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Valentino Pellegrino
Valentino Pellegrino

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Regular Expressions made easy: a declarative approach

Be honest: every time you find a regular expression in the code, you start wondering if you can avoid to change it, or maybe if a colleague can help you to understand it.
How many seconds do you need to understand that
is a regex to grab HTML tags?
If you are searching for a smart way to write and maintain a regular expression, relax and continue reading.

First of all - What is a Regular Expression?

I know Regular Expressions - XKCD comic

“A regular expression (regex or regexp for short) is a special text string for describing a search pattern. You can think of regular expressions as wildcards on steroids. You are probably familiar with wildcard notations such as .txt to find all text files in a file manager. The regex equivalent is `^..txt$`" -

There are a lot of use cases where regular expressions fit well:

  • You want to analyze command lines.
  • In general, you want to parse user input.
  • An huge text file: let’s parse it to find some useful stuff (e.g. specific logged errors).
  • Pattern matching (e.g. you want a password to follow a specific format).
  • Replace a repeating sub-string in a characters sequence.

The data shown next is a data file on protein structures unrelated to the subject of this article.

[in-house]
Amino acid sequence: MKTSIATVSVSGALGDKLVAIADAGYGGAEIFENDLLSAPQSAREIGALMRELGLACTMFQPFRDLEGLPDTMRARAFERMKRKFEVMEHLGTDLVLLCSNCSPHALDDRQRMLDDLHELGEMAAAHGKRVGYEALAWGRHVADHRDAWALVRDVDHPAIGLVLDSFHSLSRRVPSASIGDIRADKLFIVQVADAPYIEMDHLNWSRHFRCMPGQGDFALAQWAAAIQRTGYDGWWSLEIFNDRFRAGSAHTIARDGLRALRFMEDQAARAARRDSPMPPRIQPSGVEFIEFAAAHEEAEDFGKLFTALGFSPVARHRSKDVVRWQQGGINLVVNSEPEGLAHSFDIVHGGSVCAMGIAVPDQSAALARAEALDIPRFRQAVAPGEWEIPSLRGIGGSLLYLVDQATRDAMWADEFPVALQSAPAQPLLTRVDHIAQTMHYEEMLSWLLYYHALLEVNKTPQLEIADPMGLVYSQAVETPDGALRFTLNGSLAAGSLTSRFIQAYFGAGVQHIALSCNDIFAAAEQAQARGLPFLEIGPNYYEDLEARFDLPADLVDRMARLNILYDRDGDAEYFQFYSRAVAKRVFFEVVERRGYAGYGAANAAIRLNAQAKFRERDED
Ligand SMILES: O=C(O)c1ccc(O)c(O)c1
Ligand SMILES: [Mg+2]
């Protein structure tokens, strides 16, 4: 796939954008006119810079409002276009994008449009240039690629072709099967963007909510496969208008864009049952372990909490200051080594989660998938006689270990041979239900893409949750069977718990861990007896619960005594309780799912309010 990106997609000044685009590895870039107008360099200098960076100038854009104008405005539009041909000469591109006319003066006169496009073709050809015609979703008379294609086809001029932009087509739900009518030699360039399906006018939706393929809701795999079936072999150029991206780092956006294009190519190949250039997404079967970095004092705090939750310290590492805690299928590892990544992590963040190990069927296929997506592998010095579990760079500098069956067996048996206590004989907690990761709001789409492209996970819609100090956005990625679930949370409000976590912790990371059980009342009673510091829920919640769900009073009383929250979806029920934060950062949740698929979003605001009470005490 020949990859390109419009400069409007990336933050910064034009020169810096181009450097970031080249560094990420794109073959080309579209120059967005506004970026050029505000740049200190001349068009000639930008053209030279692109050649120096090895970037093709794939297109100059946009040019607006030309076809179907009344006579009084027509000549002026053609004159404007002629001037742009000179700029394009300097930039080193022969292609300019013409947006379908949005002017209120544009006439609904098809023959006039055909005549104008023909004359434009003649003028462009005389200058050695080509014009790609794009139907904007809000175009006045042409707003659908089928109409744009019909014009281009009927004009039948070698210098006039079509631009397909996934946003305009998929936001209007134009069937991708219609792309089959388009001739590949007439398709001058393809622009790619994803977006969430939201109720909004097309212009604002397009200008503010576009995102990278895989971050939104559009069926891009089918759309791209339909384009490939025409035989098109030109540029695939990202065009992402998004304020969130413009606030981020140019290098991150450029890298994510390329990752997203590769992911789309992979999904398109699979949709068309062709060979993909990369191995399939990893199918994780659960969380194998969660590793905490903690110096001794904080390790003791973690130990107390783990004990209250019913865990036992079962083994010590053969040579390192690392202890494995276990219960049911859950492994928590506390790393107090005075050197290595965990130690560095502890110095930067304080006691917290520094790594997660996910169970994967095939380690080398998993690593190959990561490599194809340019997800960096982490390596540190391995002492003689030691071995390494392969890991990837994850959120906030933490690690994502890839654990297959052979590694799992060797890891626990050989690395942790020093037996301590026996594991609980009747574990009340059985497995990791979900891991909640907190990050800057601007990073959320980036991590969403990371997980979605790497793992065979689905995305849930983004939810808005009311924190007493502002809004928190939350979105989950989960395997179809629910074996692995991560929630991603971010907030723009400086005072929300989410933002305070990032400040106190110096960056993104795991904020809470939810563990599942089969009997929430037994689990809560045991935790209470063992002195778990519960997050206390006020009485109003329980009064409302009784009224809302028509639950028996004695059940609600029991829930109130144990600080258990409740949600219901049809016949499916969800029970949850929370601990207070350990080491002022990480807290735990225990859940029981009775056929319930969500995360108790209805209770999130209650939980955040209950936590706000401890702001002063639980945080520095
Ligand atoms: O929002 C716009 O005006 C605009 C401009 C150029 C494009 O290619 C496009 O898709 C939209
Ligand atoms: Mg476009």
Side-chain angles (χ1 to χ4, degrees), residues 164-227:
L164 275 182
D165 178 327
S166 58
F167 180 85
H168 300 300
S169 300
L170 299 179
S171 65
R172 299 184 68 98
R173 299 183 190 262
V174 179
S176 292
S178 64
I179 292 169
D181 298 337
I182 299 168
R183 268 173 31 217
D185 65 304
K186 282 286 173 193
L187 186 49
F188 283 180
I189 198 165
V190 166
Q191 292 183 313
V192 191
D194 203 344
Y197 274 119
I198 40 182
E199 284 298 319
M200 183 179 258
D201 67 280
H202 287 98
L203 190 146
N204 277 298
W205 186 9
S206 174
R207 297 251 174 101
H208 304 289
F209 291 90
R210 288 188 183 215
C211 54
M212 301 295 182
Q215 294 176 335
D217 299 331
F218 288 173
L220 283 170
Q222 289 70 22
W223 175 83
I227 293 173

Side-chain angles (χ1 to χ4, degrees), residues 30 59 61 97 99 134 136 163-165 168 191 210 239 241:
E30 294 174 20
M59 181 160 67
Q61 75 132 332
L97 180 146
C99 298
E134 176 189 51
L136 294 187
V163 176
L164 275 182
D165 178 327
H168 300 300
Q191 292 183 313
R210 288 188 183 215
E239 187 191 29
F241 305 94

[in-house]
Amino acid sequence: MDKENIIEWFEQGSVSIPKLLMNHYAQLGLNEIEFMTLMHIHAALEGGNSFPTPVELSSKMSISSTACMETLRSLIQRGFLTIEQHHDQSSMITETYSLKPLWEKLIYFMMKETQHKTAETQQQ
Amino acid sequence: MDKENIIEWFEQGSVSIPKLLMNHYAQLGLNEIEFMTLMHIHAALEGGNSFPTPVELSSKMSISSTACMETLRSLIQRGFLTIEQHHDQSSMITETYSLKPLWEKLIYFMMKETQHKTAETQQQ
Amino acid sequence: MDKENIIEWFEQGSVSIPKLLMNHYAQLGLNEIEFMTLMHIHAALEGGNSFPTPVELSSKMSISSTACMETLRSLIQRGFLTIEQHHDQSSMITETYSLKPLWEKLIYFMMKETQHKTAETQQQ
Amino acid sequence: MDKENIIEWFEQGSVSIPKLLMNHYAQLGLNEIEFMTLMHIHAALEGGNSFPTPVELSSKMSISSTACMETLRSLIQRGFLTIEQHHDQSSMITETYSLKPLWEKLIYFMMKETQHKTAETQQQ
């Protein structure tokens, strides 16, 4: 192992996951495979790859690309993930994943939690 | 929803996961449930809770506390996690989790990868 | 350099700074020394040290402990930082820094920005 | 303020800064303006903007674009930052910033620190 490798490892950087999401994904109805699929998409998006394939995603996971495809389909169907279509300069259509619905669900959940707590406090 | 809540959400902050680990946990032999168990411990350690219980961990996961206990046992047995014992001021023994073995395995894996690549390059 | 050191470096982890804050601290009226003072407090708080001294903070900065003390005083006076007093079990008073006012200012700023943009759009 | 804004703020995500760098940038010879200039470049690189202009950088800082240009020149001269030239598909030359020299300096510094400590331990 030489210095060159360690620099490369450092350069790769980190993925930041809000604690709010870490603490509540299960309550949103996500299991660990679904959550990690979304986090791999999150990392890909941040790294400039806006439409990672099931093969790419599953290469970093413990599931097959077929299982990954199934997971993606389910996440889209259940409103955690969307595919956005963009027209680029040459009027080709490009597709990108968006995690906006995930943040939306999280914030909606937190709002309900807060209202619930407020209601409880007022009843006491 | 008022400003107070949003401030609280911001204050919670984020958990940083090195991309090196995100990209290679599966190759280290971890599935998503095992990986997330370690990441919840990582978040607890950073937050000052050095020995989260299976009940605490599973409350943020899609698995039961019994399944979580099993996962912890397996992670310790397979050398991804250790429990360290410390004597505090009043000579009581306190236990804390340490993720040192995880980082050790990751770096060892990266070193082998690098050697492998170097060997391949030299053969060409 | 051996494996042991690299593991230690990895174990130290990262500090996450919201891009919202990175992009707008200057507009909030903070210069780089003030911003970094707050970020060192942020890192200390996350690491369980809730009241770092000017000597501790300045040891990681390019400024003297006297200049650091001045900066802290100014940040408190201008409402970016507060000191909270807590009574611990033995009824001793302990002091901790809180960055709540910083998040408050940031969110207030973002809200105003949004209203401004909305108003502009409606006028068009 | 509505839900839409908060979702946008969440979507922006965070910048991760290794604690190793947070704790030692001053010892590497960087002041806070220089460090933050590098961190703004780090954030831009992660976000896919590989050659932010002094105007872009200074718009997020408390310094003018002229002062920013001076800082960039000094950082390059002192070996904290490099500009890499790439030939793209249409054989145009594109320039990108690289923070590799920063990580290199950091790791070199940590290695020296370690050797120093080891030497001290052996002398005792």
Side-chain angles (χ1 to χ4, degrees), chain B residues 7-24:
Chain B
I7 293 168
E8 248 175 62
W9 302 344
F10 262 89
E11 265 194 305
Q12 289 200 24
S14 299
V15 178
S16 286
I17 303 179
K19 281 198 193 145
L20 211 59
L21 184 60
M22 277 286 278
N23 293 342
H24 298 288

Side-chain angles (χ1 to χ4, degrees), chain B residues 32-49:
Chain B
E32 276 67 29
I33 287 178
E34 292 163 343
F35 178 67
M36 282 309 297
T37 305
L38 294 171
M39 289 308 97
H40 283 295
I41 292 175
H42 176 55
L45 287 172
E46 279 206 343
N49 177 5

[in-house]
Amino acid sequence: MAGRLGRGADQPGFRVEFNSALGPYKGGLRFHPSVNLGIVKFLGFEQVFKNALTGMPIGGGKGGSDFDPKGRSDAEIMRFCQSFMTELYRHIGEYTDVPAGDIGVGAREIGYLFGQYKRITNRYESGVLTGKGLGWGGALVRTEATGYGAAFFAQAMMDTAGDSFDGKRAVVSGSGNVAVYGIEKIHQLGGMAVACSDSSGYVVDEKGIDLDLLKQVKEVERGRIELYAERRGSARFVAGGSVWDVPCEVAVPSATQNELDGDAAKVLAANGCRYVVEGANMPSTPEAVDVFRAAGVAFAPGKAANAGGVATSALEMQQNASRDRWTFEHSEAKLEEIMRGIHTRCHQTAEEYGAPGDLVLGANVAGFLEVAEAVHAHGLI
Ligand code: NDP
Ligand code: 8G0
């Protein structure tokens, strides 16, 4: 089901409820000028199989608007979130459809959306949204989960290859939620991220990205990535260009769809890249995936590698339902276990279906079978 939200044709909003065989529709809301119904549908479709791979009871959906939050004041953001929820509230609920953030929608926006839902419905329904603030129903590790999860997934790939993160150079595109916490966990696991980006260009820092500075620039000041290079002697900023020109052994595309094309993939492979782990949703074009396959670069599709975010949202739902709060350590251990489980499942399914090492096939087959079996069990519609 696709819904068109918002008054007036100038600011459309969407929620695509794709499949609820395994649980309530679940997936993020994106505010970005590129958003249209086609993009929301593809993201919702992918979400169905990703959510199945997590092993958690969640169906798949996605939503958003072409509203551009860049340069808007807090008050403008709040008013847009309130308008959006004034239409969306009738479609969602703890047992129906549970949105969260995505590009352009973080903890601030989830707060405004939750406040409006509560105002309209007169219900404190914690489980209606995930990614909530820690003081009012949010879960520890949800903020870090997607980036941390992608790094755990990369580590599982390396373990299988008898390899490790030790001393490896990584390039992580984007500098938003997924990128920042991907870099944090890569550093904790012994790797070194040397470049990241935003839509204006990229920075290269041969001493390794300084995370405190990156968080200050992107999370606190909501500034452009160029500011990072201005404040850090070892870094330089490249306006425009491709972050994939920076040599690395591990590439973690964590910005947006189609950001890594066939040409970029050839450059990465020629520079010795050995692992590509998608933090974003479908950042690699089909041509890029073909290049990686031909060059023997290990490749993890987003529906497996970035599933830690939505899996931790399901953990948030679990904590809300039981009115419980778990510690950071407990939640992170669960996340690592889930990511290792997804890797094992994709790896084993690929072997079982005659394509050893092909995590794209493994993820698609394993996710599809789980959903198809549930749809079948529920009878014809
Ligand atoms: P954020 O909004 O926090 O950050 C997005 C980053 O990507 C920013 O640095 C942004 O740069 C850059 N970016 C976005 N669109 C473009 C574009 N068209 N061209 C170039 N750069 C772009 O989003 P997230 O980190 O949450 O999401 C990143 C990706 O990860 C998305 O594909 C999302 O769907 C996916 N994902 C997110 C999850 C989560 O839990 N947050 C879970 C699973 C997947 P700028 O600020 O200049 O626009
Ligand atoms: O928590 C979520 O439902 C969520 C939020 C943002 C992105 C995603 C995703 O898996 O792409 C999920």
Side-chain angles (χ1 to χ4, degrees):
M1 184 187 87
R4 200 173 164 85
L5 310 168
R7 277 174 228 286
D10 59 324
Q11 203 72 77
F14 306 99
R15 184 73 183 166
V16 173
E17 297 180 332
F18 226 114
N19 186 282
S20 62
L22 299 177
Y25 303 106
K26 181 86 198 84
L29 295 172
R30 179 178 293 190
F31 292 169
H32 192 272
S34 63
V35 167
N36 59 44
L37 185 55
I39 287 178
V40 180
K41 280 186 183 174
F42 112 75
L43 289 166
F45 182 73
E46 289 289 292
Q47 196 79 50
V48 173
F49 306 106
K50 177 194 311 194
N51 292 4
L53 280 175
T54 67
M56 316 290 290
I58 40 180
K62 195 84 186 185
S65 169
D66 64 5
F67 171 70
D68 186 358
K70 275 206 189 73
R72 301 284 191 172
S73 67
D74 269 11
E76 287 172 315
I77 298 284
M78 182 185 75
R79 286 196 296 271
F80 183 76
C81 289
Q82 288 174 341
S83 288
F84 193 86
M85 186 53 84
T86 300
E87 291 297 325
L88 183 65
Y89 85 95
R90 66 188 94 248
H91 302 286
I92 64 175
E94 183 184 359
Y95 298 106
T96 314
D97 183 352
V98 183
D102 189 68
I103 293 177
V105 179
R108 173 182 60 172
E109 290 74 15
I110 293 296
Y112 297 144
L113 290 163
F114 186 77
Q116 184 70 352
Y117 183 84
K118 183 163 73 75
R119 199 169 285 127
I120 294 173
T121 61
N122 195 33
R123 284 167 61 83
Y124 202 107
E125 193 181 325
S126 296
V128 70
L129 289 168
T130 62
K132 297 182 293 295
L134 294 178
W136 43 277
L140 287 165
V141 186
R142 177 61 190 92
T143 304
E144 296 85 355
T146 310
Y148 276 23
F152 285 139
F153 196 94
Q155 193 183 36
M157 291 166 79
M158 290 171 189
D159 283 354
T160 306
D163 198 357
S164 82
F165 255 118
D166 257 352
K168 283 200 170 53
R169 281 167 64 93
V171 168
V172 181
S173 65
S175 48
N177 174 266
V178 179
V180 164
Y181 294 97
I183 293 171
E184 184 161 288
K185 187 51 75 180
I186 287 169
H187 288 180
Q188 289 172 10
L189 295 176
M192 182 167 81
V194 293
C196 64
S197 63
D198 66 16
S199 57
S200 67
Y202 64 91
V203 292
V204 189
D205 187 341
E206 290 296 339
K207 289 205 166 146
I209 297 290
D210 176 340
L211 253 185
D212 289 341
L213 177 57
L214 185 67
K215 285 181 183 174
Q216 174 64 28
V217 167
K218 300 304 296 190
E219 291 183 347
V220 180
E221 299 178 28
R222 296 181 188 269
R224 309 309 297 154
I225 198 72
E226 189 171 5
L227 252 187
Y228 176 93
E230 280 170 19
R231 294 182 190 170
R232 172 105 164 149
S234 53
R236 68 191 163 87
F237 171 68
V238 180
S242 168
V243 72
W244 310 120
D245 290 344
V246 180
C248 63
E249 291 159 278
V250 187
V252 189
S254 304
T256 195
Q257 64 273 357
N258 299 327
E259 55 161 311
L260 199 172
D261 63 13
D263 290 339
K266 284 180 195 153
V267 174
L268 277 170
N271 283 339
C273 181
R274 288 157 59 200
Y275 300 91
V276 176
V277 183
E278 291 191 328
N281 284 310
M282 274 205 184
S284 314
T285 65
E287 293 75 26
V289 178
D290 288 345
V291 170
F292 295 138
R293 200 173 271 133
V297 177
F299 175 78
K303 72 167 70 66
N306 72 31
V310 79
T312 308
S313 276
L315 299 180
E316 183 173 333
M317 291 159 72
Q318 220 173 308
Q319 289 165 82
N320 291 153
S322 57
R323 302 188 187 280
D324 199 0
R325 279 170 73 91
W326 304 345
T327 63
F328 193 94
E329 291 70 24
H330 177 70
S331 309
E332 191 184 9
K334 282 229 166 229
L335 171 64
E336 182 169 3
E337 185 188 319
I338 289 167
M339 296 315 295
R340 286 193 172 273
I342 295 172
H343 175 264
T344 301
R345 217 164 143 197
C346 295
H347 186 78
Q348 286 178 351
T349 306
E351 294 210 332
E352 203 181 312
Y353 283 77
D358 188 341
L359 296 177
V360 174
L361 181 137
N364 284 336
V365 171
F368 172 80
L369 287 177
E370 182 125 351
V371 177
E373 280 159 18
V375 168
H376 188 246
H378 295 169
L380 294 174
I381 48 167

In order to use regex, you have to understand and remember a lot of symbols and methods:

Regular expression methods -

Why Regular Expressions are used so much?

The reason why regex are widely used is for their performance. The more precise your regex is, the less likely you are to accidentally match text that you didn’t mean to match.
Regex are really fast when they are accurate. Good regular expressions are often longer than bad regular expressions because they make use of specific characters/character classes and have more structure. This causes good regular expressions to run faster as they predict their input more accurately.


VerbalExpressions is a set of libraries that represents an easy way to write readable regex. It can ease the pain of regex, and actually make writing expressions fun again.
VerbalExpressions has been ported to so many other languages that a GitHub organization ( was created just to host them all.
Obviously, there is also an implementation of such library for JavaScript (
Given a complex regex that checks for valid URL /^(http)(s)?(\:\/\/)(www\.)?([^\ ]*)$/
Let’s see how it easy to write it, using such library:

const urlTester = VerEx()
    .anythingBut(' ')
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How to use it

There are several ways to use such library:

  • You can download it and import using a standard script tag:
  • You can use a Content Delivery Network, like
  • You can install it, using NPM and use it in any Node based application: npm install verbal-expressions

You can also use it live on the site

Chatbot Expenses - Simple bot for collecting expenses typed in the terminal